Mac OSX and Linux: Download pan-python-x.x.x.tar.gz
Uncompress the file.
Step 3: Open a terminal
Windows: Press WinKey+R. In the Run dialog, type 'cmd' and press enter
Mac OSX: Navigate to Applications -> Utilities -> Terminal
Linux: Most distributions have a terminal program you can run.
Step 4: Navigate to pan-python in terminal
In the terminal, use the 'cd' command to navigate to the "bin" directory in the new directory you uncompressed earlier.
For example: cd c:\Users\<username>\Downloads\pan-python-x.x.x\bin
Step 5: Generate an API key for a firewall
When connecting to the PAN-OS API, the connection must include an API key that the firewall uses to authenticate the connection as coming from a specific administrator. In this example, we will generate the API key for the default admin user.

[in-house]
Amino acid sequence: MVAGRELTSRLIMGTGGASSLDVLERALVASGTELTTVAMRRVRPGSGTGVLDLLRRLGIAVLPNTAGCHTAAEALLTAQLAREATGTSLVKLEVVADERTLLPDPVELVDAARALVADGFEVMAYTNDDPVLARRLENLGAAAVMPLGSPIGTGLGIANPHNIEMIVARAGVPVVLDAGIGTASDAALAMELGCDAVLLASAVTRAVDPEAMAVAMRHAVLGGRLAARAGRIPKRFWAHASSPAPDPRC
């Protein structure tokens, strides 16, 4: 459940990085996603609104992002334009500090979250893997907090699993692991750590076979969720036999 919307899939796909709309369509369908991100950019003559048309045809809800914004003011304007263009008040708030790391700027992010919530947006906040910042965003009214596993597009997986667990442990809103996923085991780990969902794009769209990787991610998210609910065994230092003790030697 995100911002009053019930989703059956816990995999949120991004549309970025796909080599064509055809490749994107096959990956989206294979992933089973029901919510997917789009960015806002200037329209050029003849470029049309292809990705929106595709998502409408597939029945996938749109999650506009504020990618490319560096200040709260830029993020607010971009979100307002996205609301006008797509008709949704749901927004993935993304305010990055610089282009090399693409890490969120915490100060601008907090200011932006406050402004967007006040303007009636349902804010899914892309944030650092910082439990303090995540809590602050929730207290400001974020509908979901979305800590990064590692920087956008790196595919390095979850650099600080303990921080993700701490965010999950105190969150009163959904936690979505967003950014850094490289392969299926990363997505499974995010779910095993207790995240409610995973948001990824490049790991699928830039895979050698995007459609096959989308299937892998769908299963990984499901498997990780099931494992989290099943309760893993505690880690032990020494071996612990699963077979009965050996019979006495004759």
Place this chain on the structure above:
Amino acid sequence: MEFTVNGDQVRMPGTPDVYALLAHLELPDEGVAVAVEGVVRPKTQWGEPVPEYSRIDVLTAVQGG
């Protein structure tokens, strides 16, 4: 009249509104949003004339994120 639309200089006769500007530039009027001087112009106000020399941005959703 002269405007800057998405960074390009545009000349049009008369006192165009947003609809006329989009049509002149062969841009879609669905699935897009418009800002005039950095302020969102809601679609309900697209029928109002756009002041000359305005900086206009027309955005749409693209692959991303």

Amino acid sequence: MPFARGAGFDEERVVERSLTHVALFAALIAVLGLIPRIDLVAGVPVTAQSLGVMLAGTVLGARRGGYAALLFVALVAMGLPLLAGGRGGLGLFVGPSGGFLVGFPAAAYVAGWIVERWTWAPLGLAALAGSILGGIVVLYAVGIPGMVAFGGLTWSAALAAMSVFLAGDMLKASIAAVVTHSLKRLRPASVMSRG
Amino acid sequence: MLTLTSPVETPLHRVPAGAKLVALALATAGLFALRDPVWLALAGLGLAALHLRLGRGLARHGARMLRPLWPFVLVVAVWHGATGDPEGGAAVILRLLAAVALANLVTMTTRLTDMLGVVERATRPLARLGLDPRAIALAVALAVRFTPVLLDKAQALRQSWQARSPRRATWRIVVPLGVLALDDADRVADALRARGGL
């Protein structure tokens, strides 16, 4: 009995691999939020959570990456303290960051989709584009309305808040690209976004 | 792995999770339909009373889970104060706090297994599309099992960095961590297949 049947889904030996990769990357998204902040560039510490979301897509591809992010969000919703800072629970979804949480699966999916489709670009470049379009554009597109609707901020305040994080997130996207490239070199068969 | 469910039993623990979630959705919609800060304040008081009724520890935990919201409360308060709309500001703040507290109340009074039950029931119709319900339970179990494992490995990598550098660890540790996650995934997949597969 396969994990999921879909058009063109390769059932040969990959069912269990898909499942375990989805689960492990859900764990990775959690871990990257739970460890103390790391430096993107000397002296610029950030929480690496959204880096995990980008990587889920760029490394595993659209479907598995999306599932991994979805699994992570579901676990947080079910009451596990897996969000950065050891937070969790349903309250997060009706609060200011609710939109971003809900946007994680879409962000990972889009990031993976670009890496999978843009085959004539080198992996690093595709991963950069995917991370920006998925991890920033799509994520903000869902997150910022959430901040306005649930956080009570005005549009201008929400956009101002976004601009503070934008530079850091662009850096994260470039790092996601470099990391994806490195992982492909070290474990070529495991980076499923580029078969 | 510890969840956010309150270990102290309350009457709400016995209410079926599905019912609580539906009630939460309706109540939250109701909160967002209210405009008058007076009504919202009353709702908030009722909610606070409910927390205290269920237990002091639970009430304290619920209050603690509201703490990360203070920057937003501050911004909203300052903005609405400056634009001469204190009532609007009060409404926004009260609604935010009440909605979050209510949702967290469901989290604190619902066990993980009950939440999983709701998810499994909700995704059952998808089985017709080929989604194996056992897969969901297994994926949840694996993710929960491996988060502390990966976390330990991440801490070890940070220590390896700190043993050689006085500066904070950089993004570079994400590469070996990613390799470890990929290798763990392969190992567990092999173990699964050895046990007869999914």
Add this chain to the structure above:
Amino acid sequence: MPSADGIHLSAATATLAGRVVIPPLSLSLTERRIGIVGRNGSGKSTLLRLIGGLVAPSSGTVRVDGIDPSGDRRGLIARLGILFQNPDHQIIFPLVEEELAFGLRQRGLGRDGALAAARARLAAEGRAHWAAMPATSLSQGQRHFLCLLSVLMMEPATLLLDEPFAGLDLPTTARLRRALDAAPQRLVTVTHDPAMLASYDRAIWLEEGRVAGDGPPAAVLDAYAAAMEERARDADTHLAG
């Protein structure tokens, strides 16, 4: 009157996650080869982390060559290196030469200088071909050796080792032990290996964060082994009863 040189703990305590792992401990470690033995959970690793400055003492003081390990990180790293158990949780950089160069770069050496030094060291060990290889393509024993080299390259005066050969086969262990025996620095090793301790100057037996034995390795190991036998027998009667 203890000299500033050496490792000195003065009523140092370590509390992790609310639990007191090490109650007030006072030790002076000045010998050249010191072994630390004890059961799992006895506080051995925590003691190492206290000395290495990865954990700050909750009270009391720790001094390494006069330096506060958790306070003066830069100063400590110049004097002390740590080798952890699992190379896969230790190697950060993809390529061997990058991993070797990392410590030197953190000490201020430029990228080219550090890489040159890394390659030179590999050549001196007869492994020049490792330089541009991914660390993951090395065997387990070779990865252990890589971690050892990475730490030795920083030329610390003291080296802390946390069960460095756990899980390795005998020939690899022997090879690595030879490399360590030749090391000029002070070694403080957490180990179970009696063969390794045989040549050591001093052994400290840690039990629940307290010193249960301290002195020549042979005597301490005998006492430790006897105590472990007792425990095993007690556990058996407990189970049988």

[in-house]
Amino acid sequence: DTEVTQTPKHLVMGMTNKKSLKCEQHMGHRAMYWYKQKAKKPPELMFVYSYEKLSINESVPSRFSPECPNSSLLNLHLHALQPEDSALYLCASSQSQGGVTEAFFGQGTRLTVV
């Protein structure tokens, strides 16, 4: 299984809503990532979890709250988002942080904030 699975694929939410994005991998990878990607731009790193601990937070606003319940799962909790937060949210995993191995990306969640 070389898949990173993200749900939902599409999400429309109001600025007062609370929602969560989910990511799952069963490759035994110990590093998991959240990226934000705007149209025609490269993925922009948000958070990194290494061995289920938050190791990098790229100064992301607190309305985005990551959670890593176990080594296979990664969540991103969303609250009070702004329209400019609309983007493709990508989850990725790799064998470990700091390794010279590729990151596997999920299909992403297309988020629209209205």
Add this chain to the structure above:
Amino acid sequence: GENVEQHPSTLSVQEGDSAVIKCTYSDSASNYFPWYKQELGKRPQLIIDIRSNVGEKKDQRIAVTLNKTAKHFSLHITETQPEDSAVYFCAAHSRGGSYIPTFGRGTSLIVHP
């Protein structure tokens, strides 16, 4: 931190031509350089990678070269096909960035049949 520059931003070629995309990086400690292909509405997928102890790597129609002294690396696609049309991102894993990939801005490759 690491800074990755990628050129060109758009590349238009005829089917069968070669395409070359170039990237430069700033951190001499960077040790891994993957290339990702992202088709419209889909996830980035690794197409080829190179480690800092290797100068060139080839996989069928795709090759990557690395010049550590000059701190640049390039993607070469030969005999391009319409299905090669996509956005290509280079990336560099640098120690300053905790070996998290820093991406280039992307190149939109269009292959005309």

Run this command in a terminal to generate an API Key for the admin user. In this example, the firewall's management IP is 10.1.1.5 and the firewall credentials are username admin and password admin.
python panxapi.py -h 10.1.1.5 -l admin:admin -k
API key: "LUFRPT14MW5xOEo1R09KVlBZNnpnemh0VHRBOWl6TGM9bXcwM3JHUGVhRlNiY0dCR0srNERUQT09"
Record the outputted API key. It will be used in all subsequent API calls.
Step 6: Make a few API calls
The API has many capabilities including the ability to pull statistical data, modify the configuration, and retrieve logs, reports, and pcaps. Here are a few example API calls you can test on any firewall. In each API call, you pass the script the API key, an action type, and a command or xpath that tells the firewall what to retrieve or do.